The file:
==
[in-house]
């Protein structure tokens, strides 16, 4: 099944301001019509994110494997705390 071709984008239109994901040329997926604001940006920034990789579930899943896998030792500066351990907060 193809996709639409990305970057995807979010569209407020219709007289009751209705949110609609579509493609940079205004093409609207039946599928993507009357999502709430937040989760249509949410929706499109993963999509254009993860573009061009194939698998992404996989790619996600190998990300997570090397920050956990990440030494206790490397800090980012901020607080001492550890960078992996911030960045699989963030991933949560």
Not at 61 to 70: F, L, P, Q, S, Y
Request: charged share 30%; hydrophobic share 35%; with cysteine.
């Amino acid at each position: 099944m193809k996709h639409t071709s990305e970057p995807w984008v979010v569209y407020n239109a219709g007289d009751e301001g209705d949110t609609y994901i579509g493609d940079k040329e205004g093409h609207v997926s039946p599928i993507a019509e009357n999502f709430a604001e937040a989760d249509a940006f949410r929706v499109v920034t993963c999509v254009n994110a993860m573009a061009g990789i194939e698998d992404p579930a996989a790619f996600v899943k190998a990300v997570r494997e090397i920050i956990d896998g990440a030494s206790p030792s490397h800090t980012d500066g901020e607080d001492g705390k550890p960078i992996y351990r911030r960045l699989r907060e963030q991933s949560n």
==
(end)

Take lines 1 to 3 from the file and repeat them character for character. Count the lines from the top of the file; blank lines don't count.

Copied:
[in-house]
């Protein structure tokens, strides 16, 4: 099944301001019509994110494997705390 071709984008239109994901040329997926604001940006920034990789579930899943896998030792500066351990907060 193809996709639409990305970057995807979010569209407020219709007289009751209705949110609609579509493609940079205004093409609207039946599928993507009357999502709430937040989760249509949410929706499109993963999509254009993860573009061009194939698998992404996989790619996600190998990300997570090397920050956990990440030494206790490397800090980012901020607080001492550890960078992996911030960045699989963030991933949560």
Not at 61 to 70: F, L, P, Q, S, Y